The 1.2 million member strong Poker Players Alliance was
a prominent testifier at Tuesday's California Senate
Governmental Organization Committee hearings (see
previous InfoPowa reports), suggesting to state
officials that without the buy-in from the online poker
community, efforts to regulate the game will be futile.
The committee heard a wide range of evidence both
for and against the legalisation of online poker to
raise additional tax revenues in the cash-strapped
PPA executive director John Pappas told
the hearing that online poker can and should be
effectively regulated in the West Coast state.
"The PPA respects the due-diligence of the Committee to
investigate "if" online poker can be regulated, and we
stand here to tell you that it unquestionably can be
regulated, and in fact, already is being regulated, very
effectively, across the globe in well-respected
jurisdictions," said Pappas, who testified along with
PPA's California State Director Steven J. Miller.
"The U.S. Congress is debating federal bills that
would establish a licensed and regulated online poker
marketplace, which the PPA strongly supports."
"Given California's love affair with poker, the PPA and
our members feel strongly that if the state decides to
go down the path of intra-state licensed and regulated
Internet poker it must do it with the long-term needs of
the consumer and of the State and California Tribes in
mind," testified Miller.
Pappas advised the
hearings to respect the consumer in mking their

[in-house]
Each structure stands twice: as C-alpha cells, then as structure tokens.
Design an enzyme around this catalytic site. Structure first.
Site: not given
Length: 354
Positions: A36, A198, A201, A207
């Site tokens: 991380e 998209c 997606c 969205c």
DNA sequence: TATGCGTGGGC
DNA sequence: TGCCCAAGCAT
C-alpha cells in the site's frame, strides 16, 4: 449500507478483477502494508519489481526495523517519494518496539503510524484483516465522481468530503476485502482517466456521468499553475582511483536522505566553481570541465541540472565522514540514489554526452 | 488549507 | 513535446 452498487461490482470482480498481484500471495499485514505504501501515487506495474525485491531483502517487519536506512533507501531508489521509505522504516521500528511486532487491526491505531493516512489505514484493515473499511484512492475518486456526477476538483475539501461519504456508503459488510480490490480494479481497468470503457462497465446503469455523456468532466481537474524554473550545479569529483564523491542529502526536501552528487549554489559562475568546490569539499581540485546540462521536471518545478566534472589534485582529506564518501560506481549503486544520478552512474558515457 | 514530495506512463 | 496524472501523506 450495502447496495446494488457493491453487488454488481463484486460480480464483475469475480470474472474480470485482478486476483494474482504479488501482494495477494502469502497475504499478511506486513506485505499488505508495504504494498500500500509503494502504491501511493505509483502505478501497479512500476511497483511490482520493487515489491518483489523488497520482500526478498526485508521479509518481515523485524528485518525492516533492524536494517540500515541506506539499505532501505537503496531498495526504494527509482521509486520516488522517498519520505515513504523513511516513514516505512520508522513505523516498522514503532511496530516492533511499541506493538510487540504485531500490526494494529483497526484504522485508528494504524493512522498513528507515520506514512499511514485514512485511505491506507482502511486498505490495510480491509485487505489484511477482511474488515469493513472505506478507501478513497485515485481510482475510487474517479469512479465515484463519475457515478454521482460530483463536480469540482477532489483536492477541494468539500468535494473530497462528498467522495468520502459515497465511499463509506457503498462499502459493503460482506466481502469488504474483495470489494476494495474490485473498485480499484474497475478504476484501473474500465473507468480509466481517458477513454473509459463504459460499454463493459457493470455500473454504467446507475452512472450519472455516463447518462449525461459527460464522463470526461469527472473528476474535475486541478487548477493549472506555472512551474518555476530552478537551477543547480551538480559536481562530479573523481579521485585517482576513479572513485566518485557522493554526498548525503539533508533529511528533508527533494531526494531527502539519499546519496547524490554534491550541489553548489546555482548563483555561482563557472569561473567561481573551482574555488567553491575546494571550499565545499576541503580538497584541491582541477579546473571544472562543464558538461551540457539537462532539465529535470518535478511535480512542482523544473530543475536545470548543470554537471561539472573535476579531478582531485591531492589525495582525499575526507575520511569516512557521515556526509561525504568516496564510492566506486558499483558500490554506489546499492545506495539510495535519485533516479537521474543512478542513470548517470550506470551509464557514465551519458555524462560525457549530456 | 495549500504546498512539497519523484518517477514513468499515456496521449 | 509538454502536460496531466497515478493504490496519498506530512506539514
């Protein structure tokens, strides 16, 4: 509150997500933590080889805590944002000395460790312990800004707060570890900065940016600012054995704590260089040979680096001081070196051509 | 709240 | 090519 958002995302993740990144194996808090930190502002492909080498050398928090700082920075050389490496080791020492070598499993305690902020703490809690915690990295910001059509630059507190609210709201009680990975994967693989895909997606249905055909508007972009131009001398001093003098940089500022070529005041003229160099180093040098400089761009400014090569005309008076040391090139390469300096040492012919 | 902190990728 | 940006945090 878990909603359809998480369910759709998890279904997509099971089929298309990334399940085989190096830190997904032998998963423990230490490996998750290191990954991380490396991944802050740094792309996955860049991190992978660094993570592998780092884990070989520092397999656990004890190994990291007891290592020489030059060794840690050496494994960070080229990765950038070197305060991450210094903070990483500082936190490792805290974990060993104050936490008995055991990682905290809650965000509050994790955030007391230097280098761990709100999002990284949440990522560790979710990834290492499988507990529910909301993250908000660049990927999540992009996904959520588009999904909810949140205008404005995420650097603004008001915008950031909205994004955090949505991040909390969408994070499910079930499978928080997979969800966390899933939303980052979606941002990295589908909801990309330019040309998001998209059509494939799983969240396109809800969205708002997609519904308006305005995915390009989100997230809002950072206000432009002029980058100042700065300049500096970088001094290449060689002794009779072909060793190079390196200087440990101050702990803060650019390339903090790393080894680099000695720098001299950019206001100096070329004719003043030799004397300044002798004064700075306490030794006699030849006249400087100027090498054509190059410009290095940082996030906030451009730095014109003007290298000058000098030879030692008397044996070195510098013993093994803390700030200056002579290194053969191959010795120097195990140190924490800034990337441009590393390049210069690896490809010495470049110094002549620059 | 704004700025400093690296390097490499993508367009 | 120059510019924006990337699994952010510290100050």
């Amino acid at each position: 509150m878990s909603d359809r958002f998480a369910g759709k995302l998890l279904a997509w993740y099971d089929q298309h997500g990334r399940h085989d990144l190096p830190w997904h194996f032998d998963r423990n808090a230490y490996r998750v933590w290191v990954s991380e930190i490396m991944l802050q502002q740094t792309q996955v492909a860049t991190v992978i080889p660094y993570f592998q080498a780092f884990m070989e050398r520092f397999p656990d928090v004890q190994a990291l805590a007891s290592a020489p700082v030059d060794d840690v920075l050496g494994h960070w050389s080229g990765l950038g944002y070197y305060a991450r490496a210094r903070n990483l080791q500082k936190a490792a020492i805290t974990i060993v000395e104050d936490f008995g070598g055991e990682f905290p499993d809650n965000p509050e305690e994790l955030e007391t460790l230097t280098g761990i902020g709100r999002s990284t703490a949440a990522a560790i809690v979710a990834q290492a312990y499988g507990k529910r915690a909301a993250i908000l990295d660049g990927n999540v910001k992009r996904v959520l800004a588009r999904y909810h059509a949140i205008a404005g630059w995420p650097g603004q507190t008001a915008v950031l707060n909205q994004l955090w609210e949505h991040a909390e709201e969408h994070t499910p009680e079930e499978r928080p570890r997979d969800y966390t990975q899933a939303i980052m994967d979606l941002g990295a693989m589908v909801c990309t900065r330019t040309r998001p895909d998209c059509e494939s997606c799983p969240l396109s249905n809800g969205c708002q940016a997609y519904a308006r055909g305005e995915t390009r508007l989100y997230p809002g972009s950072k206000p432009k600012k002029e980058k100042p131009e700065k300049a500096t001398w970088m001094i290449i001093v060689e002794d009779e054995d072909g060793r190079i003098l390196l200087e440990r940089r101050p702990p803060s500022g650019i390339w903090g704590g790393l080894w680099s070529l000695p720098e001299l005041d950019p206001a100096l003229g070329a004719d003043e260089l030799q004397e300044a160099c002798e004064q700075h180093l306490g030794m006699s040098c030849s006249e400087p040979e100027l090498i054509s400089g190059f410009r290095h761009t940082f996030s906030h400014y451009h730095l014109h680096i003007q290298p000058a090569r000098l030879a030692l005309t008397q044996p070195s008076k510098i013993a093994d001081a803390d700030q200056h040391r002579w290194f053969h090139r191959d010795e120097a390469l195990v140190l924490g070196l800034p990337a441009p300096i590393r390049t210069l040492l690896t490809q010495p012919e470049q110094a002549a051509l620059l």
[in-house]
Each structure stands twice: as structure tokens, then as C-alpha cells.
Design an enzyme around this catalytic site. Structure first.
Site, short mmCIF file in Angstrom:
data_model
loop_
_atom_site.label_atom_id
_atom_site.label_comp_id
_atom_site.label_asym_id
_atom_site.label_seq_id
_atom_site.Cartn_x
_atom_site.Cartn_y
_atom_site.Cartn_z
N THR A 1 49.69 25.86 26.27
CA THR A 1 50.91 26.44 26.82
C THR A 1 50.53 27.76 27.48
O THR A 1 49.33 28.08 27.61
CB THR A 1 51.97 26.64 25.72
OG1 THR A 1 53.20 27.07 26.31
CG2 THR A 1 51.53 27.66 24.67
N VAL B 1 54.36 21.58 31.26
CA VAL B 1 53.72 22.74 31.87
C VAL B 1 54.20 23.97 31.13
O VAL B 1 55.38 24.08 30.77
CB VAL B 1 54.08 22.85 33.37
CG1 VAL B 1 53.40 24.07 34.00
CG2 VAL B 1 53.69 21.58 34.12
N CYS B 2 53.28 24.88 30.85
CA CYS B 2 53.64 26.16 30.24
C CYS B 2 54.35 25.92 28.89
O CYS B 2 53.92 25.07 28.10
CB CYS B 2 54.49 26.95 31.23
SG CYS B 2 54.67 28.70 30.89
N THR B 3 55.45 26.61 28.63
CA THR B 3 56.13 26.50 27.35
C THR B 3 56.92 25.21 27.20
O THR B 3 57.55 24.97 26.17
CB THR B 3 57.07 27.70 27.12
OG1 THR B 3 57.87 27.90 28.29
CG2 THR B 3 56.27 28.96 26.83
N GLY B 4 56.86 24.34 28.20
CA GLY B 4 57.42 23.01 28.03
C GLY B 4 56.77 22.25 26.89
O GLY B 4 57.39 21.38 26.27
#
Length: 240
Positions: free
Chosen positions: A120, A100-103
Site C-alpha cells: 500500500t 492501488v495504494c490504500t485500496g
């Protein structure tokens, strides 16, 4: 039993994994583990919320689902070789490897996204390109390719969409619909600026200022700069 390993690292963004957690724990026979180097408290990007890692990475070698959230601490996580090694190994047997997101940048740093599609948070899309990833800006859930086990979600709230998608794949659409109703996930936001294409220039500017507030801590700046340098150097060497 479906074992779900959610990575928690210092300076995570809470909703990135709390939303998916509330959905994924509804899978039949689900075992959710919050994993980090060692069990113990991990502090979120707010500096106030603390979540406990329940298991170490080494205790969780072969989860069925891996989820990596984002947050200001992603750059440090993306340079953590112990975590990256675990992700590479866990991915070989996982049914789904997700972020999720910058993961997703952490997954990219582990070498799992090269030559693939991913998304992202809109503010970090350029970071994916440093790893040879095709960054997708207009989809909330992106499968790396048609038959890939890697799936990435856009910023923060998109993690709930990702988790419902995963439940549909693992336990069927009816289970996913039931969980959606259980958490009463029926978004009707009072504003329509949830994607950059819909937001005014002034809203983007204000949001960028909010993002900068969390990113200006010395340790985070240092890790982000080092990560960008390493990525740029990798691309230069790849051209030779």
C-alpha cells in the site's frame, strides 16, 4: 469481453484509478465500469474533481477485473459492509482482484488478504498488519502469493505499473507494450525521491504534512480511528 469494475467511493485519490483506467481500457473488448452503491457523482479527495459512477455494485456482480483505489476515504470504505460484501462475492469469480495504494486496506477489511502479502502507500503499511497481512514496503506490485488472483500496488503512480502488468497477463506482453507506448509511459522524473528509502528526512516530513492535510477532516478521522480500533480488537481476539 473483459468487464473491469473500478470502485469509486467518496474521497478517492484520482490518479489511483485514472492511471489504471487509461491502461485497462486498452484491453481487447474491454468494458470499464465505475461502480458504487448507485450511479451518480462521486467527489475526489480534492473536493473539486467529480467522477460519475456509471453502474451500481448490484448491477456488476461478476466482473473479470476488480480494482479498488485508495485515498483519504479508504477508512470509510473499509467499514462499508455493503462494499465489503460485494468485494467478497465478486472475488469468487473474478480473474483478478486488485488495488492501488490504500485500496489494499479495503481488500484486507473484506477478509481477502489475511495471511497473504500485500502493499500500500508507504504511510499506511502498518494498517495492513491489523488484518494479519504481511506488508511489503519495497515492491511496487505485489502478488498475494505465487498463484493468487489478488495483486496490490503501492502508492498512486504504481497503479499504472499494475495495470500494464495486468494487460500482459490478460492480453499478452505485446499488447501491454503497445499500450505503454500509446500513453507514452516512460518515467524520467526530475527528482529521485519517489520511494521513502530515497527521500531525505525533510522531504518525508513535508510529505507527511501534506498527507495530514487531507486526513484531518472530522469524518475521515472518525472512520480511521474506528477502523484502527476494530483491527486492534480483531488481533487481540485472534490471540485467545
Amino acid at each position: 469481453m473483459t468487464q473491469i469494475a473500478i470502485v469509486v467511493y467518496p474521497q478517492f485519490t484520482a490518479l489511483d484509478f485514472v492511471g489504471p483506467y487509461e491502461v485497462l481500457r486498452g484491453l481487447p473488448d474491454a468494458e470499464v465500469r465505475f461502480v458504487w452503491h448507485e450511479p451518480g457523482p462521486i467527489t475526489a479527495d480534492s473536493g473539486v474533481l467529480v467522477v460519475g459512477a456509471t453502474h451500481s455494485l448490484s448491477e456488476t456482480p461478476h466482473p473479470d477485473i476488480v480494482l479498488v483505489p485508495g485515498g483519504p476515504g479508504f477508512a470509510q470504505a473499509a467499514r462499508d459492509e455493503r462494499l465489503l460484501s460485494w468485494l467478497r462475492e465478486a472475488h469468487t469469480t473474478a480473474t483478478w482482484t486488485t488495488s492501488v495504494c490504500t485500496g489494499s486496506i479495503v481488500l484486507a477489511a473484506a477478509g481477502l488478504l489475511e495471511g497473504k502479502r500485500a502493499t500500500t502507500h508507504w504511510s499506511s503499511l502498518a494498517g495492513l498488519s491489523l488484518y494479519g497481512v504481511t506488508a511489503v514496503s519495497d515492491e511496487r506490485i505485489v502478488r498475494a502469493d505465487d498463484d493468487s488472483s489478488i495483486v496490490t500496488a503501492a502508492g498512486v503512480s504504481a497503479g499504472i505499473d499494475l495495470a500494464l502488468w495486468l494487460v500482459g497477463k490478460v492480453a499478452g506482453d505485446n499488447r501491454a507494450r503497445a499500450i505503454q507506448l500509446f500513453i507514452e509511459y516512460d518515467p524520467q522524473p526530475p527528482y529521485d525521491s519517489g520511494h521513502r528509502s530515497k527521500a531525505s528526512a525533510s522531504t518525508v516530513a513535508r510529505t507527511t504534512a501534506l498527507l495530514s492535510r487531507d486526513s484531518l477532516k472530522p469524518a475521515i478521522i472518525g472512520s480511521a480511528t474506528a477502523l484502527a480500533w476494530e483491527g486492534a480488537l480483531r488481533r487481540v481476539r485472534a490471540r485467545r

recommendations, because without the buy-in of the poker
community efforts to regulate the game will be
He urged them to ensure competition,
saying: "The true opportunity for California is to
capitalise and regulate the current market, add new
entrants, and provide the poker player with expanded
choice and consumer safeguards at the same time.
Limiting the marketplace to one online poker provider,
as has been discussed, will create a monopoly, turn away
consumers, and stifle innovation. In short, it will not
Other recommendations were that access to
the global marketplace be protected
access to the global poker marketplace," said Pappas.
"PPA members and poker players in California are
concerned that intrastate licensing and regulation will
limit their play to other California players only. This
not only hurts the consumers, but it hurts the tax
revenue potential for the state of California. If a
player can't find a game online that they want to play,